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Comment Re:I foresee (Score 1) 527

I agree that Mao did help to drag China into the modern age (kicking and screaming albeit) but it was Xiaoping after Mao's death and Zhou Enlai beforehand who really set China up as a superpower.

In my opinion Xiaoping and Enlai achieved more amazing feats (against biao and jiang qing and the others in the gang of four clique no less) than Mao did.

Mao also made gigantic economic mistakes such as the great leap forward which led to the deaths of millions of chinese via starvation due to economic mismanagement and an irrational desire to buy nuclear weapons at huge costs to the chinese people.

Still, Mao's role in the original revolution, removing the corrupt kuomintang and unifying, modernising china should not be discounted.

Comment Re:linux32 wrapper (Score 1) 298

Firstly, debian already ported most of Linux software to ARM, software availability is not an issue anyway.

Secondly, x86_64 is an extension on x86. Linux32 is just a set of 32-bit libraries compiled against a 64-bit kernel, that allows you to run 32-bit apps, using features of the processor specifically designed to do this. ARM is a completely different architecture and such an approach is simply impossible. The only way to run other x86 applications on ARM are via virtualization, which frankly would be unusably slow on a netbook.

Comment Re:It might be bad in denmark (Score 1) 318

Microsoft struck a deal with a Japanese software company and ensured that Windows had perfectly localized versions available in the Japanese market. It took off rapidly and the Japanese market is still more MS dominated than most of the rest of the world.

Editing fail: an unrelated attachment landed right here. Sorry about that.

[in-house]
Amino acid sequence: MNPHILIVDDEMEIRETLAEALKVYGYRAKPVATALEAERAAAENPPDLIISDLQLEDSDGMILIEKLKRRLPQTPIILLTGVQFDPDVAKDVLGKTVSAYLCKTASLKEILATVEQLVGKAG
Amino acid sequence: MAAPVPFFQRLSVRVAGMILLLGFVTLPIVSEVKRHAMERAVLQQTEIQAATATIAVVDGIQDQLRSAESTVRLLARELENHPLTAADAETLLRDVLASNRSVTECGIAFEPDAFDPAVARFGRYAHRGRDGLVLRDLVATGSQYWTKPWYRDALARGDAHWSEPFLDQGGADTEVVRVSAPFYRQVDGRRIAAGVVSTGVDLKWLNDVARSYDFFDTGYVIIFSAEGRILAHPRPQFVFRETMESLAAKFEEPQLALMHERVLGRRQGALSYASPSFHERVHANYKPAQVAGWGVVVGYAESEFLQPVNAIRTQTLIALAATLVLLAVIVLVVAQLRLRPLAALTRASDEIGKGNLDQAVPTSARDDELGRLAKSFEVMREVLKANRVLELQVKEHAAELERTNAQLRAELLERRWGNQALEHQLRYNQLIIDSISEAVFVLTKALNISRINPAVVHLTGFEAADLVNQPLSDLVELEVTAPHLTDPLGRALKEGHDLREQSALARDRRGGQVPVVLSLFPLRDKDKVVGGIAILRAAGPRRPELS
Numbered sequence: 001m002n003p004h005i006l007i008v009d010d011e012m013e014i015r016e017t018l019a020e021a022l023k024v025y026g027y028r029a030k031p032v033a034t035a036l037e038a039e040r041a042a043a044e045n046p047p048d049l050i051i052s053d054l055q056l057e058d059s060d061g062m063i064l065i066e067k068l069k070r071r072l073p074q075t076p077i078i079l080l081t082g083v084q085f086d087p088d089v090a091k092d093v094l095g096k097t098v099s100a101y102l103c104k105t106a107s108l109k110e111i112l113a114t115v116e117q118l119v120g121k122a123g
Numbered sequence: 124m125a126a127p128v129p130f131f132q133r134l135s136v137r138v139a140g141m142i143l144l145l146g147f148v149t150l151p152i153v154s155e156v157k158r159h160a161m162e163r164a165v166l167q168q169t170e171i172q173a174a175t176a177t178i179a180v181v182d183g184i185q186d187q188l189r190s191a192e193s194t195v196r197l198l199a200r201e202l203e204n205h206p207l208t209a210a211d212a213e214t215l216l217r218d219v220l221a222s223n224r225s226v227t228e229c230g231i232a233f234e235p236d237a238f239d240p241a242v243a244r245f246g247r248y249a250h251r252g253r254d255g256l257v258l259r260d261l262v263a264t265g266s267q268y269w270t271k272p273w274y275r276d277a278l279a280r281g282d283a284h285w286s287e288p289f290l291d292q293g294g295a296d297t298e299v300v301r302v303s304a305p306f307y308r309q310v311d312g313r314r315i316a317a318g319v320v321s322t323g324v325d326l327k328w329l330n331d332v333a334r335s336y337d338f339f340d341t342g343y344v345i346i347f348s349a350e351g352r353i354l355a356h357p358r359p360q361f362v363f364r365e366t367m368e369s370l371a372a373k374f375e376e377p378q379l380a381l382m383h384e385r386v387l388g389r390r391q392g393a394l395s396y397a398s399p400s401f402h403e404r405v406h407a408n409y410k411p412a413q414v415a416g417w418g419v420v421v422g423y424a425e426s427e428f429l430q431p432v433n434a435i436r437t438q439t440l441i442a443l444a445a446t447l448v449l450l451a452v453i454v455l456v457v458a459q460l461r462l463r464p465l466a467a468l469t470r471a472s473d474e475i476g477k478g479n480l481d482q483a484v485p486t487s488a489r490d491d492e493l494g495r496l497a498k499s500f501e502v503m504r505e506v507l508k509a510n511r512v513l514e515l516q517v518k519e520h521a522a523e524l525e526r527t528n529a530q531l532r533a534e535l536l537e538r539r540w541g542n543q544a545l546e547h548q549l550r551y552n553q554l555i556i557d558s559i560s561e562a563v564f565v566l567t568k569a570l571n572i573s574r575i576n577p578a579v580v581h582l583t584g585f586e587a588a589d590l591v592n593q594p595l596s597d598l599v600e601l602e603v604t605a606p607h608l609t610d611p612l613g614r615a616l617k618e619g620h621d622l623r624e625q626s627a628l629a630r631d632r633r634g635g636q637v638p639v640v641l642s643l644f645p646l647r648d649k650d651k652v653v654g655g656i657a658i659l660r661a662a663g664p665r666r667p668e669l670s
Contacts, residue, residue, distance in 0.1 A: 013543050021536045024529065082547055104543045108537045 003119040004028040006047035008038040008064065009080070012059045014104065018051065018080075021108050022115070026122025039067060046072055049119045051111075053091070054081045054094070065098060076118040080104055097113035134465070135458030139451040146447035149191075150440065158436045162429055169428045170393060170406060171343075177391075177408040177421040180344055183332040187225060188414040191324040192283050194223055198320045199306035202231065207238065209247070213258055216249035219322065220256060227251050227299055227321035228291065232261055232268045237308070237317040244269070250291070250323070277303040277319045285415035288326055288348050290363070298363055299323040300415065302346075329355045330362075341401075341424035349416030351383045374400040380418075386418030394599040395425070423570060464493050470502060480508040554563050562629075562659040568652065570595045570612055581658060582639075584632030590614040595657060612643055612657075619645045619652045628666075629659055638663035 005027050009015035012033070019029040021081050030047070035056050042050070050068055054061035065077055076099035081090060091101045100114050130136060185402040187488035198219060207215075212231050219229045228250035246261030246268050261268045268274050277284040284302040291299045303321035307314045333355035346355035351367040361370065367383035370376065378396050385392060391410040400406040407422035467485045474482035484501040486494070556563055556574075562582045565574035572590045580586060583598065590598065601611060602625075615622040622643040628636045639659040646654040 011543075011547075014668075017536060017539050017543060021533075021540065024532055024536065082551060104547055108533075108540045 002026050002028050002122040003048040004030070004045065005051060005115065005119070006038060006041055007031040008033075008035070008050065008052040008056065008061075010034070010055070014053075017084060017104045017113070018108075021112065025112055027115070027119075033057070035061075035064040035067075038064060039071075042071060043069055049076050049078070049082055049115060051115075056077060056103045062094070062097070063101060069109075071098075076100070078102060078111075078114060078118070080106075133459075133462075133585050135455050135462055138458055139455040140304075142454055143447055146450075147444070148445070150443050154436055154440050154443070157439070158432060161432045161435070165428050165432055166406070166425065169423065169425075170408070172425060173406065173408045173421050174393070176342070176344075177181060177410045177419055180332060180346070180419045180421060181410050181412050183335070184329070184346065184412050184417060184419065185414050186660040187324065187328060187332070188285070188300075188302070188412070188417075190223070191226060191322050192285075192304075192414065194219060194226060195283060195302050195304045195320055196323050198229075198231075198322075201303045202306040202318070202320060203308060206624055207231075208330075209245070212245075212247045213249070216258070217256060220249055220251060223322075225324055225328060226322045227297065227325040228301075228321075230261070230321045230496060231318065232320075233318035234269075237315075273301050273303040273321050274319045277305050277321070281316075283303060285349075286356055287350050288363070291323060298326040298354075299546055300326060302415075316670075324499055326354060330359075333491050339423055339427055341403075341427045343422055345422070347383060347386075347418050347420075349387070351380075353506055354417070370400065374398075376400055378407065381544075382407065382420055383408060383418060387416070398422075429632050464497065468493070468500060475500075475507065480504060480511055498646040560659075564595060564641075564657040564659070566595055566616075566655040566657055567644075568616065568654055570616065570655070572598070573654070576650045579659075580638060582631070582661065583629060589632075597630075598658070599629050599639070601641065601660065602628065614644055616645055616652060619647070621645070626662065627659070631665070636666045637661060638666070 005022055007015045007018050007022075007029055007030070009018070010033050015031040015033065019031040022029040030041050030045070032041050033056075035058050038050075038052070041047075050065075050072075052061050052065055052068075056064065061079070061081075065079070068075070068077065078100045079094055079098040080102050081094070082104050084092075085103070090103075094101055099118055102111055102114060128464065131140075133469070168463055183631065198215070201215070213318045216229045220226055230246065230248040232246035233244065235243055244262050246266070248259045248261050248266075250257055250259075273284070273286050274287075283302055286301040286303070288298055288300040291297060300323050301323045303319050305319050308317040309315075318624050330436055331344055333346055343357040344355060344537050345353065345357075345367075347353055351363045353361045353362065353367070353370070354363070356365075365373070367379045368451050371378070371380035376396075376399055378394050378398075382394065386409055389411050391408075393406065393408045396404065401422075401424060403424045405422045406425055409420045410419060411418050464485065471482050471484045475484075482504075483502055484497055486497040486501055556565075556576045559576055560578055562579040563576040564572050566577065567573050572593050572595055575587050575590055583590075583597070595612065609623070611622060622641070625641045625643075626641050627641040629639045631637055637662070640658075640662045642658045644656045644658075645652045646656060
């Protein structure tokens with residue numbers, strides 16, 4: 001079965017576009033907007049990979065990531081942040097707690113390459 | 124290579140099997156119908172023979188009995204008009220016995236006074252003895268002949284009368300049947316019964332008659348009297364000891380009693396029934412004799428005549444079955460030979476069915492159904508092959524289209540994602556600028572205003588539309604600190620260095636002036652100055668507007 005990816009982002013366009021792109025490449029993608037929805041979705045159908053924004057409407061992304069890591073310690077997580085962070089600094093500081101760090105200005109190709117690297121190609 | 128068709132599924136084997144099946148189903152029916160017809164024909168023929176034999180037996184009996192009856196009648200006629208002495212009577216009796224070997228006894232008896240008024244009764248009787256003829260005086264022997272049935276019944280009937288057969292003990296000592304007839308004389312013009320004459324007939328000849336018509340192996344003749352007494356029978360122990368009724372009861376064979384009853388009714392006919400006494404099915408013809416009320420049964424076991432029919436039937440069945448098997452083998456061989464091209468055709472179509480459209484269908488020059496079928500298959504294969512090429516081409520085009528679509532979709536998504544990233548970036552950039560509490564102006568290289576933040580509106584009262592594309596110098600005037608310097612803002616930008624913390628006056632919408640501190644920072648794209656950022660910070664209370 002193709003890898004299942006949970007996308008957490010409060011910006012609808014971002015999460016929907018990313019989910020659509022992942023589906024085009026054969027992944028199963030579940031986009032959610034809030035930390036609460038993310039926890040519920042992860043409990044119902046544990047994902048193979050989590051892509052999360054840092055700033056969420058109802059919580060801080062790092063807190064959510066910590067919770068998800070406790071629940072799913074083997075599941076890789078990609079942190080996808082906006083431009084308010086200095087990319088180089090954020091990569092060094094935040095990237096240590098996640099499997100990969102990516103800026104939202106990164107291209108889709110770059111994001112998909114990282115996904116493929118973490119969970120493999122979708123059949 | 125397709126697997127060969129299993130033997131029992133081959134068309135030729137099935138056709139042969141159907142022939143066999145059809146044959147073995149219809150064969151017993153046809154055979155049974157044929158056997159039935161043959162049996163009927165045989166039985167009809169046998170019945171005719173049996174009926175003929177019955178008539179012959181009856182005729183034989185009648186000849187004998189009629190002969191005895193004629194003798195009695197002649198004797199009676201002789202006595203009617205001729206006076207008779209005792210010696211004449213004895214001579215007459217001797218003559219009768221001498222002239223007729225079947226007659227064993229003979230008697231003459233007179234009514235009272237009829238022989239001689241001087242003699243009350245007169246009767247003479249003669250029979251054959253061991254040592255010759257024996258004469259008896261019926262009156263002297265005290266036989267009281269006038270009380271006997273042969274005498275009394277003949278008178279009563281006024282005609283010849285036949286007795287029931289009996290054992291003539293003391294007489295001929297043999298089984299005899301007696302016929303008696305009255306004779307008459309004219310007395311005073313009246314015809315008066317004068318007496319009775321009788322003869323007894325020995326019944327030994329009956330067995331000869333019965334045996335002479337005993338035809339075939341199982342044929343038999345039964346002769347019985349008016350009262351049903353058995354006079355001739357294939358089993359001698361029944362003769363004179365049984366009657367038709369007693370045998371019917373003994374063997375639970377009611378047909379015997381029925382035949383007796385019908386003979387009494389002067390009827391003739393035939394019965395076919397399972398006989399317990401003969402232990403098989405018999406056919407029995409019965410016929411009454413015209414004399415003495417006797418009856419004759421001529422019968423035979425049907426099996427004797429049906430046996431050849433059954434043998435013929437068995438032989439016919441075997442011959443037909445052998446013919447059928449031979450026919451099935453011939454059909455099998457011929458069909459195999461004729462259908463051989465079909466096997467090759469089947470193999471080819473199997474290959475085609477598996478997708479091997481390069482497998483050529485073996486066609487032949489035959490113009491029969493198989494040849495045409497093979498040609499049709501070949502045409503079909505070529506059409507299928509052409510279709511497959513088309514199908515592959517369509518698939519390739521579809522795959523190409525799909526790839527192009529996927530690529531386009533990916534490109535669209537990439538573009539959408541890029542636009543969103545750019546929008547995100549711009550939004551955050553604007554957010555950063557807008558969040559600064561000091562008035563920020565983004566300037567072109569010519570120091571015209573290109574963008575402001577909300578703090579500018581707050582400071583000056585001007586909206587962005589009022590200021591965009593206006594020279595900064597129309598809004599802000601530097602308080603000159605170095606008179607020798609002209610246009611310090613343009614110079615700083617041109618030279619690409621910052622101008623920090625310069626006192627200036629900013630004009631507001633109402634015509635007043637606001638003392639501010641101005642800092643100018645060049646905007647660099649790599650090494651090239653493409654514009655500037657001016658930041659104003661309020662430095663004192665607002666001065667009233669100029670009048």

Europe did have numerous home-grown systems but they were all gradually eclipsed by the cheap and extensible IBM PC which naturally had MS-DOS so Microsoft got a foothold.

Comment Re:The Amiga Hand? (Score 1) 517

The program is formally proven to be correct, where "correct" is defined to mean conforms exactly to the specification.

The specification may not be useful, but it does exactly what the specification says it does.

If I have a detailed specification for an entire operating environment (which this is not) and it is all formally proven to conform to said specification, then I would happily use it over something that had been used alot and didn't crash often. If it doesn't do what I want, then that means my specification was inaccurate.

I think such an application is perfectly justified, but then again I teach postgraduate students how to write haskell in haskell.

Comment Re:Great work, but... (Score 1) 517

Haskell's garbage collection works (or should work) based on formal inference -- seeing as they translated the haskell to C manually, they would have proved the garbage collection as part of the deal. Also, haskell's prelude and basic libraries have already been formally proven.

Because of formal inference, a good Haskell compiler knows exactly when and what will be garbage collected at compile time - there is no mark-and-sweep approach like Java. It's no worse that manually freeing stuff in C, in fact it's substantially better.

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